m)    1950 - The questionnaire removed the word “color” from the racial question, and also removed Hindu and Korean from the race choices.

n)      1960 - Re-added the word “color” to the racial question, and changed “Indian” to “American Indian”, as well as added Hawaiian, Part-Hawaiian, Aleut, and Eskimo. The “Other” option was removed.

o)      1970 - Included “Negro or Black”, re-added Korean and the Other race option. East Indians (the term used at that time for people whose ancestry is from the Indian subcontinent) were counted as White. There was a questionnaire regarding racial “choices” that was asked of only a sample of respondents.

p)      1980 - Added several options to the race question, including Vietnamese, Indian (East), Guamanian, Samoan, and re-added Aleut.  Again, the term “color” was removed from the racial question, and specific questions re: color were asked of a sample of respondents

q)      1990 - The racial categories in this year are as they appear in the 2000 and 2010 Census. The following questions were asked of a sample of respondents for the 1990 Census: In what U.S. State or foreign country was this person born?  Is this person a citizen of the United States?  If this person was not born in the United States, when did this person come to the United States to stay?  The 1990 Census was not designed to capture multiple racial responses, and when individuals marked the “Other” race option and provided a multiple write in, the response was assigned according to the race written first. “For example, a write in of "Black-White" was assigned a code of Black, a write in of "White-Black" was assigned a code of White.”

r)       2000 - The race of people based on their ancestral country of origin. This is the country race categorization that was used for the 2000 U.S. Census.  Race was asked differently in the Census 2000 in several other ways than previously. Most significantly, respondents were given the option of selecting one or more race categories to indicate racial identities. Data show that nearly seven million Americans identified as members of two or more races. Because of these changes, the Census 2000 data on race are not directly comparable with data from the 1990 census or earlier censuses. Use of caution is therefore recommended when interpreting changes in the racial composition of the US population over time.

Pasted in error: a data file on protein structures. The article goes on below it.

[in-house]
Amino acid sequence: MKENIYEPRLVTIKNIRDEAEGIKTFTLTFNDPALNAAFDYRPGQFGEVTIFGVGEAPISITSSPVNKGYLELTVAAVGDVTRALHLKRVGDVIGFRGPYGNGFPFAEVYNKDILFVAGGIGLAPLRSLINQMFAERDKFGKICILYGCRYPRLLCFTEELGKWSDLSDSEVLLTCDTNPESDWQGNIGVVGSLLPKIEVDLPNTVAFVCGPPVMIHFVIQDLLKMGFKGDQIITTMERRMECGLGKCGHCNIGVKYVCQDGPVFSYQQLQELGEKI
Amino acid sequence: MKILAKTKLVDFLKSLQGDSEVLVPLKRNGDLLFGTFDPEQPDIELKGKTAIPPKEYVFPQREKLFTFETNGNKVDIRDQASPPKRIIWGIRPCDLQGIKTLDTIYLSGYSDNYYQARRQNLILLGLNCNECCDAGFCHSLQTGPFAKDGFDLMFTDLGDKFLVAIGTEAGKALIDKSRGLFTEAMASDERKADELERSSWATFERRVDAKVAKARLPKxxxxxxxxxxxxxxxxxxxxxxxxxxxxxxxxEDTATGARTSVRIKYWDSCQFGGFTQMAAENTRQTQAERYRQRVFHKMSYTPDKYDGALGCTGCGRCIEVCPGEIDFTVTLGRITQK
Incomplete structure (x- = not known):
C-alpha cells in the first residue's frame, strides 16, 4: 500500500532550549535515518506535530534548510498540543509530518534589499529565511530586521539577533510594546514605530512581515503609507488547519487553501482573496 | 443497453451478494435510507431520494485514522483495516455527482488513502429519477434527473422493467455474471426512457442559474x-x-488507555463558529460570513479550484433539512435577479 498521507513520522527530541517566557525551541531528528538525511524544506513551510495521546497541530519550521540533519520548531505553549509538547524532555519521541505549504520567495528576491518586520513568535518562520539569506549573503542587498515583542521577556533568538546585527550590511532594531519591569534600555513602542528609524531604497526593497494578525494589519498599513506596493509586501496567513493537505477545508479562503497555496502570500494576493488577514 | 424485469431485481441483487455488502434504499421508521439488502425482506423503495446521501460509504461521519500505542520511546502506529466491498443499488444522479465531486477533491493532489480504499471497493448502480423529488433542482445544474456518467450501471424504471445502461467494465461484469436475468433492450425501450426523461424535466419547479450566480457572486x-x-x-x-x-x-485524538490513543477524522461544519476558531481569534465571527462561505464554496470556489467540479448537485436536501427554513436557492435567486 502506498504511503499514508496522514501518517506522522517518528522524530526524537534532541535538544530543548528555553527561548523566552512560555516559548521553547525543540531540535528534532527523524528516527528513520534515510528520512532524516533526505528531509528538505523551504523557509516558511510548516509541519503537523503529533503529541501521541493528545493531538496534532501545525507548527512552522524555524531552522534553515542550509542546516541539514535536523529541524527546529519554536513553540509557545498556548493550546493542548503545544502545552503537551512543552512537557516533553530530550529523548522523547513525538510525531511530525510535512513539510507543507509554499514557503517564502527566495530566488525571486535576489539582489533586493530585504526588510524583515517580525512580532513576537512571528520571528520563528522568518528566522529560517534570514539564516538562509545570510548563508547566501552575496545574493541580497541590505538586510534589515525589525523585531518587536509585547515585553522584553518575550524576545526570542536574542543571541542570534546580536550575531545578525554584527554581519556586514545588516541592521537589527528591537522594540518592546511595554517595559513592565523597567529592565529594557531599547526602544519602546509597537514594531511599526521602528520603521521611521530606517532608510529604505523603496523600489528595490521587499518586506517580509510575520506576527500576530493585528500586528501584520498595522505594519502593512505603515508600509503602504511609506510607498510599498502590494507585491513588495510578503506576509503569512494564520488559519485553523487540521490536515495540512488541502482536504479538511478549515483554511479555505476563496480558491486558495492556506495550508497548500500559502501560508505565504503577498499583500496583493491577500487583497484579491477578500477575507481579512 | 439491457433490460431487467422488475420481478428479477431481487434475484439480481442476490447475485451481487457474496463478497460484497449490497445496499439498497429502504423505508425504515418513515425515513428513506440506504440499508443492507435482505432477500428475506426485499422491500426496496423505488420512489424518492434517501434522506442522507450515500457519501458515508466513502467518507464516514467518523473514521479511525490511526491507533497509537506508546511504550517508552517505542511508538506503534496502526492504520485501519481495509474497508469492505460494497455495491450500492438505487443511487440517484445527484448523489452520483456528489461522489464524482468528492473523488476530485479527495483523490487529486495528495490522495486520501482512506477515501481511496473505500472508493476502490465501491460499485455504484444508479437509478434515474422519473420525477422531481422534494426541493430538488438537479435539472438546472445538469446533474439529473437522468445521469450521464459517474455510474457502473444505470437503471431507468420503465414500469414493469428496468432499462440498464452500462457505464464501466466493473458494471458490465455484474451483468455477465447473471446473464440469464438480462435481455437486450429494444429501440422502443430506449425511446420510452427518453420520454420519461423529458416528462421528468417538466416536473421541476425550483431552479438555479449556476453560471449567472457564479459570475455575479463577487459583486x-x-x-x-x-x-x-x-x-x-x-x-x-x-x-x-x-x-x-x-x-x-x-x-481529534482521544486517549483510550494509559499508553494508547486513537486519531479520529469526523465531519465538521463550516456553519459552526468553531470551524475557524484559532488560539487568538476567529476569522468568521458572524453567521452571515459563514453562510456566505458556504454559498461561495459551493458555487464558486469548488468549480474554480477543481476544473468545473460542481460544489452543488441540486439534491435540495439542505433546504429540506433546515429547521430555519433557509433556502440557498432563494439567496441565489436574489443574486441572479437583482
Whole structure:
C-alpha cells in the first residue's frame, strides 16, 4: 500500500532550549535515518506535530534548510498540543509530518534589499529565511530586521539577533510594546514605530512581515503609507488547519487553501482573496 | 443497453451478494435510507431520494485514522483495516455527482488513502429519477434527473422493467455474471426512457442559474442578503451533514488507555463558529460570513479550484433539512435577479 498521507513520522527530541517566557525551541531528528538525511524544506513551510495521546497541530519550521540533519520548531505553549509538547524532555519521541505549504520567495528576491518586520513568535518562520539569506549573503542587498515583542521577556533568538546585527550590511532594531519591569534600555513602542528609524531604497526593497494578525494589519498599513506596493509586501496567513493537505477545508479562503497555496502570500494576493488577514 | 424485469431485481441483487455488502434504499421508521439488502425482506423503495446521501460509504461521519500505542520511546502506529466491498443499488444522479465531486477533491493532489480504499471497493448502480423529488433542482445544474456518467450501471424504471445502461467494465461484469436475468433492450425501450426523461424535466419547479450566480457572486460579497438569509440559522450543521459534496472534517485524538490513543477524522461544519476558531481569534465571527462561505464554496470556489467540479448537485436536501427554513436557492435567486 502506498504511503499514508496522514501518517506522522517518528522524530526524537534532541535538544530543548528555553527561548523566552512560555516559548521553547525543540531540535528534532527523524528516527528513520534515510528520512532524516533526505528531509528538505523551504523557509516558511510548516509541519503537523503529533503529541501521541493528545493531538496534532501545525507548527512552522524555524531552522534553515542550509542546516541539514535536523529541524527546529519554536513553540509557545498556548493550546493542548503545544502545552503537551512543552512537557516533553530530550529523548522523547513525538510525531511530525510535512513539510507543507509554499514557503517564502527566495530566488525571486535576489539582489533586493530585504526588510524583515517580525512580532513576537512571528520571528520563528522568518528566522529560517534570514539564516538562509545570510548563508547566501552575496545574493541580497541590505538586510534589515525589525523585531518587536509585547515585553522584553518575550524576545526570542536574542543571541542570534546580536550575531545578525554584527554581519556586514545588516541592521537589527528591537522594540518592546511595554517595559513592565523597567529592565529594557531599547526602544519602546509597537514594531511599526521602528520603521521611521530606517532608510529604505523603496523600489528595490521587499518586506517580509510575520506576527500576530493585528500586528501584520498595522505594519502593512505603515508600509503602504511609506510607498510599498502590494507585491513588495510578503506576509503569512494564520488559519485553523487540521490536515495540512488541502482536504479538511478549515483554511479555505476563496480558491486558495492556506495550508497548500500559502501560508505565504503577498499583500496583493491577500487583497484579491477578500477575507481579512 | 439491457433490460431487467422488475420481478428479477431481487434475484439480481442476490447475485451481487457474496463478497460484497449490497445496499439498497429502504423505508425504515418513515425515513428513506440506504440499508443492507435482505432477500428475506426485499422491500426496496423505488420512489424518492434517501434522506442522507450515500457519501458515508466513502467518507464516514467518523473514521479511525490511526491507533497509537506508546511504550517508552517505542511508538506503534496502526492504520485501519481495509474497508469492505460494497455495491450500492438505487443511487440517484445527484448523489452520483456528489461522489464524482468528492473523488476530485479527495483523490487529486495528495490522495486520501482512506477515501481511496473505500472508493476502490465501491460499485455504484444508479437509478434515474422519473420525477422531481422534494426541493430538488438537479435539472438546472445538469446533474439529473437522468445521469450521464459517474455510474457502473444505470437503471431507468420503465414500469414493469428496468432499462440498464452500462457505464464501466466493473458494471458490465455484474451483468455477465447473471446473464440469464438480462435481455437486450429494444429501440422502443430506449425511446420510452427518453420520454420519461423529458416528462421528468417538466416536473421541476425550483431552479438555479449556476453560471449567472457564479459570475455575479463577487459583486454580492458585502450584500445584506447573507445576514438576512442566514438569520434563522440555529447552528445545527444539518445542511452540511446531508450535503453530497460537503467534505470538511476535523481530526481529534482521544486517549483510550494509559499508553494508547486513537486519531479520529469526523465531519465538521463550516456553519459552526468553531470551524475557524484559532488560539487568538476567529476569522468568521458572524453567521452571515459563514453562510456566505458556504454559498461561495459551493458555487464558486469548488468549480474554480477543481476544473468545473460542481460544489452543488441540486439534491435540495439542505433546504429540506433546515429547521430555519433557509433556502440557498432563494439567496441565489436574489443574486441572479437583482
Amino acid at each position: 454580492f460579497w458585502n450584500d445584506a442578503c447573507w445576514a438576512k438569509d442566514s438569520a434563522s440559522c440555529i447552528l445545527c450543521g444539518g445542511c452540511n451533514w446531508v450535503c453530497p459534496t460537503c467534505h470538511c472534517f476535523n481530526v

s)       2010 - The 2010 US Census included changes designed to more clearly distinguish Hispanic ethnicity as not being a race. That included adding the sentence: "For this census, Hispanic origins are not races."  Additionally, the Hispanic terms were modified from "Hispanic or Latino" to "Hispanic, Latino or Spanish origin".  Although used in the Census and the American Community Survey, "Some other race" is not an official race, and the Bureau considered eliminating it prior to the 2000 Census.  As the 2010 census form did not contain the question titled "Ancestry" found in prior censuses.  The Census Bureau warns that data on race in 2000 Census are not directly comparable to those collected in previous censuses.  Many residents of the United States consider race and ethnicity to be the same.





To reiterate, this analysis concludes that the social and economic data notwithstanding, the major objective for censuses and related extrapolations is to both preserve and to identify White Euro-centricity.  Therefore the USA will not have Whites in the minority by 2040 or 2050 as noted historians, anthropologists, and demographers proffer.  The perpetual re-ordering and redefining of “Race” will prevent this phenomenon from occurring.  Furthermore the term race will vanish (with the exception of historical or literary usage) from the zeitgeist in ten years.